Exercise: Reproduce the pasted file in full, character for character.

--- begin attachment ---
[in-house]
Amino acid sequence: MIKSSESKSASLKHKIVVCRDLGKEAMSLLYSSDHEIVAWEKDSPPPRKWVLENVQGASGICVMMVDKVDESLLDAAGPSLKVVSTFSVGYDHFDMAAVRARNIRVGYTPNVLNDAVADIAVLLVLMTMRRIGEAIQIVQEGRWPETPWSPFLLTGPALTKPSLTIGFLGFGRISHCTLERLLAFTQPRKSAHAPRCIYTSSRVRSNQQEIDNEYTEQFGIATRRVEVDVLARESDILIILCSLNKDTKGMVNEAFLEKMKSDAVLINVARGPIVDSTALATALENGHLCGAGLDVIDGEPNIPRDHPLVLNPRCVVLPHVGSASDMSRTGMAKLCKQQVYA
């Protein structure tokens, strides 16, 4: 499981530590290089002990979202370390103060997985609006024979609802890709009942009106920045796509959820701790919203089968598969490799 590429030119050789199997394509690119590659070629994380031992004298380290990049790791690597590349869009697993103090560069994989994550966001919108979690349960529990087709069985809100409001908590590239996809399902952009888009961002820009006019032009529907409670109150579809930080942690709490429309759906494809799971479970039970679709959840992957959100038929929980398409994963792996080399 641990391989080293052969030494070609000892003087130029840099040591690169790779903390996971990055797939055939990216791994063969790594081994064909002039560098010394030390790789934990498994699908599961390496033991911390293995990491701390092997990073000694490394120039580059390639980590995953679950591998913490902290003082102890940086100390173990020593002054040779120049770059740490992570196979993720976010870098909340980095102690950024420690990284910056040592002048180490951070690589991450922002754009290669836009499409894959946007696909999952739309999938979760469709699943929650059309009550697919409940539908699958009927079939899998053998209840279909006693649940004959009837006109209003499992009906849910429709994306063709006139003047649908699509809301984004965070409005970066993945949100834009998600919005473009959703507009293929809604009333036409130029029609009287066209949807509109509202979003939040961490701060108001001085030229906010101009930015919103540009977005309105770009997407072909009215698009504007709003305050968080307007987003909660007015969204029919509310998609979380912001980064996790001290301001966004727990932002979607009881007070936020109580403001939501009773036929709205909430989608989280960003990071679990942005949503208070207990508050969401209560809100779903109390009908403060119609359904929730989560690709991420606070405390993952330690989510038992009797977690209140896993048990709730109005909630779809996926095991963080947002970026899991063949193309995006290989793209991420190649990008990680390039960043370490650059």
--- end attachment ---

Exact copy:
[in-house]
Amino acid sequence: MIKSSESKSASLKHKIVVCRDLGKEAMSLLYSSDHEIVAWEKDSPPPRKWVLENVQGASGICVMMVDKVDESLLDAAGPSLKVVSTFSVGYDHFDMAAVRARNIRVGYTPNVLNDAVADIAVLLVLMTMRRIGEAIQIVQEGRWPETPWSPFLLTGPALTKPSLTIGFLGFGRISHCTLERLLAFTQPRKSAHAPRCIYTSSRVRSNQQEIDNEYTEQFGIATRRVEVDVLARESDILIILCSLNKDTKGMVNEAFLEKMKSDAVLINVARGPIVDSTALATALENGHLCGAGLDVIDGEPNIPRDHPLVLNPRCVVLPHVGSASDMSRTGMAKLCKQQVYA
């Protein structure tokens, strides 16, 4: 499981530590290089002990979202370390103060997985609006024979609802890709009942009106920045796509959820701790919203089968598969490799 590429030119050789199997394509690119590659070629994380031992004298380290990049790791690597590349869009697993103090560069994989994550966001919108979690349960529990087709069985809100409001908590590239996809399902952009888009961002820009006019032009529907409670109150579809930080942690709490429309759906494809799971479970039970679709959840992957959100038929929980398409994963792996080399 641990391989080293052969030494070609000892003087130029840099040591690169790779903390996971990055797939055939990216791994063969790594081994064909002039560098010394030390790789934990498994699908599961390496033991911390293995990491701390092997990073000694490394120039580059390639980590995953679950591998913490902290003082102890940086100390173990020593002054040779120049770059740490992570196979993720976010870098909340980095102690950024420690990284910056040592002048180490951070690589991450922002754009290669836009499409894959946007696909999952739309999938979760469709699943929650059309009550697919409940539908699958009927079939899998053998209840279909006693649940004959009837006109209003499992009906849910429709994306063709006139003047649908699509809301984004965070409005970066993945949100834009998600919005473009959703507009293929809604009333036409130029029609009287066209949807509109509202979003939040961490701060108001001085030229906010101009930015919103540009977005309105770009997407072909009215698009504007709003305050968080307007987003909660007015969204029919509310998609979380912001980064996790001290301001966004727990932002979607009881007070936020109580403001939501009773036929709205909430989608989280960003990071679990942005949503208070207990508050969401209560809100779903109390009908403060119609359904929730989560690709991420606070405390993952330690989510038992009797977690209140896993048990709730109005909630779809996926095991963080947002970026899991063949193309995006290989793209991420190649990008990680390039960043370490650059």